Serum vs. Massive: Which One is Better?

Serum vs. Massive: Which One is Better? Serum vs. Massive: Which One is Better?

For years, Serum and Massive have been the two go-to synthesizers for many EDM producers.

Massive was the first of the two powerhouse synth VSTs. Released in 2006, it quickly gained traction with its heavy bass sounds, versatile filter section, and incredible sound engine. However, in 2014, Serum entered the game, thanks to Steve Duda, bringing an entirely different level of wavetable synthesis onto the playing field.

In 2020, Native Instruments released Massive X , the second iteration of the legendary synth, fully revamping the interface, adding new capabilities, parameters, sounds, and customization options.

In this guide, I want to compare both Serum and Massive X to find out which is the best of the two iconic wavetable synthesizers.

Serum Vs. Massive X - The Basics

At first glance, it's pretty clear that Serum and Massive X offer distinct approaches to sound design. Serum prides itself on more of an intuitive visual workflow, while Massive X offers advanced sound shaping capabilities with a relatively complex architecture.

Wavetable Synthesis

The important thing to note is that both Serum and Massive X are wavetable synthesizers.

Essentially, you can use a series of single-cycle waveforms or 'tables' to create a vast array of rich, dynamic sounds. The synth will scan through the included variety of waveforms at different speeds and sequences, allowing you to create thousands of unique textures and sounds, including atmospheric pads, aggressive basses, chords, and more.

The Interface

Right off the bat, you'll notice that both Serum and Massive X have distinctly different interfaces.

Serum sports a cleaner, almost clinical look with a primarily dark grey color scheme and small bursts of vibrant colors for visual feedback. In my opinion, it's a bit easier on the eyes, and with the added pops of color against a dark background, parameter changes are more visible.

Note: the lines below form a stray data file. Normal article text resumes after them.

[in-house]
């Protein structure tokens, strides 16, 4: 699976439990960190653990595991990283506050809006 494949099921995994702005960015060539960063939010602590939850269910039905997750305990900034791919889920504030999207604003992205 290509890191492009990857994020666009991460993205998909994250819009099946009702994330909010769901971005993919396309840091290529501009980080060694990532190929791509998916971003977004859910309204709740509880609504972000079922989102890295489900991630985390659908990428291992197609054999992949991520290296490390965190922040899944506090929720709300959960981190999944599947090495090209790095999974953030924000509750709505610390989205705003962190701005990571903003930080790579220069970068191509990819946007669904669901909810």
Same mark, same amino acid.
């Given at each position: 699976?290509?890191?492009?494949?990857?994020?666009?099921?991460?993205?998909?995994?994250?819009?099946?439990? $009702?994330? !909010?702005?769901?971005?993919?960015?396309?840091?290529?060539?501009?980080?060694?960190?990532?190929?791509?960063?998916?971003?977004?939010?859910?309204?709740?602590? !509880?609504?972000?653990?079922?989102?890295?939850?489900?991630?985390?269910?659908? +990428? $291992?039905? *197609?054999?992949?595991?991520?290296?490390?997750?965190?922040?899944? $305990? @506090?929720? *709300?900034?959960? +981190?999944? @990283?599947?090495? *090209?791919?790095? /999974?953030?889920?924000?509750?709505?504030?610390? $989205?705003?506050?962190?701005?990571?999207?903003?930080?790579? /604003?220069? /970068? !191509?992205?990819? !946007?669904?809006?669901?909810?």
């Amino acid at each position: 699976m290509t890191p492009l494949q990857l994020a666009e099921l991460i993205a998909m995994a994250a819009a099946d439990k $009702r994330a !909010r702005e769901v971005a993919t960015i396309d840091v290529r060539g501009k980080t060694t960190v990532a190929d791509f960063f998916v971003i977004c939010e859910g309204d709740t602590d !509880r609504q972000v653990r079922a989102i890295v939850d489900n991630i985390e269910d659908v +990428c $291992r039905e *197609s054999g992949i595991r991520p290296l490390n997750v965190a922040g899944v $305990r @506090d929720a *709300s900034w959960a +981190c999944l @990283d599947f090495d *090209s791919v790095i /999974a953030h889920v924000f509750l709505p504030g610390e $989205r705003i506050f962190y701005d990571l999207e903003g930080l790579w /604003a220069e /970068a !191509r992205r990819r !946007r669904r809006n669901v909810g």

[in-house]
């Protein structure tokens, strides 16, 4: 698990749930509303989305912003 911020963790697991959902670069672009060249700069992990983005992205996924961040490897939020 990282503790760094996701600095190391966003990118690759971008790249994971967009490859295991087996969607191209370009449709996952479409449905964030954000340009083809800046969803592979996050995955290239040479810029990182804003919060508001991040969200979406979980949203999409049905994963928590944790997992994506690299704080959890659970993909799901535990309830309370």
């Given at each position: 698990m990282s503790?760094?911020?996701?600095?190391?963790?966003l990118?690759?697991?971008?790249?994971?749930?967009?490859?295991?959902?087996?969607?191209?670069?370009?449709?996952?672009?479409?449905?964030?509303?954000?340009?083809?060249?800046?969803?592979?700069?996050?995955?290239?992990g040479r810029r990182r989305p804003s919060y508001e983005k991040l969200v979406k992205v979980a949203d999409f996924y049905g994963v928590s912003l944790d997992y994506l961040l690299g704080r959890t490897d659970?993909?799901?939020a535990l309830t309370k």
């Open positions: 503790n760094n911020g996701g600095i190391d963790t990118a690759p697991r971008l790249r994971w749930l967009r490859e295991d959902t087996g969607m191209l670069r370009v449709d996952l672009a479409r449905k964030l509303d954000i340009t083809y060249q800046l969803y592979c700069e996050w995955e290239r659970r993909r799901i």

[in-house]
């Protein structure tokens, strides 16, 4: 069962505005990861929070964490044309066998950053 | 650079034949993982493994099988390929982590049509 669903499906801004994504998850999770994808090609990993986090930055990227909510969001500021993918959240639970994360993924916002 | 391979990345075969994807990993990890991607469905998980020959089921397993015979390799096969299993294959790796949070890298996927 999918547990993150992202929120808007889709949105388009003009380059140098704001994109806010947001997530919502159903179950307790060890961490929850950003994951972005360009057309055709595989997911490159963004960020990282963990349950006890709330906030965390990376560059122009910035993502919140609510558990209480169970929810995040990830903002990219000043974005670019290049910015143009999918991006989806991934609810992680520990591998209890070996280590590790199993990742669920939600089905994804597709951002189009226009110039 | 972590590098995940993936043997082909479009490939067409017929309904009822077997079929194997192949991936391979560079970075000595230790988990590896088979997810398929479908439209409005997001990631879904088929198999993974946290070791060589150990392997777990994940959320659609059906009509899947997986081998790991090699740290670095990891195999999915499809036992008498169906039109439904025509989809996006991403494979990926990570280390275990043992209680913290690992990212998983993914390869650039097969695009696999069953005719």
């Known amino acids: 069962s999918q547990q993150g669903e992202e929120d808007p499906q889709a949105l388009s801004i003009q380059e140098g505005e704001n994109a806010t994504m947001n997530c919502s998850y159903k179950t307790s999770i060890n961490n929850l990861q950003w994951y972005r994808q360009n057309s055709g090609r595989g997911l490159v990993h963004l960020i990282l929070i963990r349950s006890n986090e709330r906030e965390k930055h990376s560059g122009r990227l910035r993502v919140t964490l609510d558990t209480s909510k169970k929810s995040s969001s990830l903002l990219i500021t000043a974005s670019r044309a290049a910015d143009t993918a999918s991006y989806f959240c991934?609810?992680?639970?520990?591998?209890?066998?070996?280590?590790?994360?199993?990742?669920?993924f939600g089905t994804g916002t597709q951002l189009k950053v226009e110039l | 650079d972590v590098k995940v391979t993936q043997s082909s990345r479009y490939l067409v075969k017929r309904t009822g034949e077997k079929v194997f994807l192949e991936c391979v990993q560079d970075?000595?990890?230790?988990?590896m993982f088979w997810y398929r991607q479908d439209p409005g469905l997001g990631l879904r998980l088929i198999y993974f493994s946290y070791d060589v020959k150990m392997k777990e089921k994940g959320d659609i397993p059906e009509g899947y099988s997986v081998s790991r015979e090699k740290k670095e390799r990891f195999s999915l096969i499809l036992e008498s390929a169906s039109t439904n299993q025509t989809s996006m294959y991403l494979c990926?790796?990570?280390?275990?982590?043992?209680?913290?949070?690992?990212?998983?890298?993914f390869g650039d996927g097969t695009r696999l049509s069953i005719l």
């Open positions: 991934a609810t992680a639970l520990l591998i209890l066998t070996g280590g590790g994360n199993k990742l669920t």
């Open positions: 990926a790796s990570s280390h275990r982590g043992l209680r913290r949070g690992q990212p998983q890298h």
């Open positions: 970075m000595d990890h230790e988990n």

The layout is also pretty straightforward, with tabs for oscillators, effects, matrix, and global settings, making it easy to navigate.

In contrast, Massive X has a more complex interface with a lighter theme (though you can choose darker themes, which can be more appealing, depending on your taste. However, I feel like the greys and blacks against the white background, especially with the tiny text that NI has chosen, can make the synth more challenging for beginners to navigate.

With that said, the interface is divided into clear sections with multiple menus and sub-menus, so you get a pretty powerful depth of control. Just note that if you're a newcomer, it might be a bit overwhelming.

Visual Feedback

One place where Serum excels, however, is in visual feedback. It features a large, high-resolution 3D display, giving you detailed visual representations of wavetables, including how they are affected by real-time manipulation and modulation.

You can see exactly how changes to parameters affect the sound wave, making it easier to understand the relationship between visual waveform changes and auditory results. Plus, it looks incredibly cool. When the sound design process starts feeling dull, having a more visually engaging and enjoyable interface like this one can do the trick.

Unfortunately, Massive X offers much more limited visual feedback regarding its wavetables. It includes only a small 2D wavetable preview in the center of the corresponding knob, which can make tweaking feel a bit less intuitive.


Both of these synths also have massive libraries of presets, making them incredibly versatile for just about any type of producer, whether you make electronic, pop, or ambient, avant-garde, noise music.

What I like about Serum is that Xfer incorporated a number of cool preset contributions from renowned third-party producers and sound designers, such as Deadmau5 and Steve Duda. Essentially, you get professionally crafted sounds that are ready to use.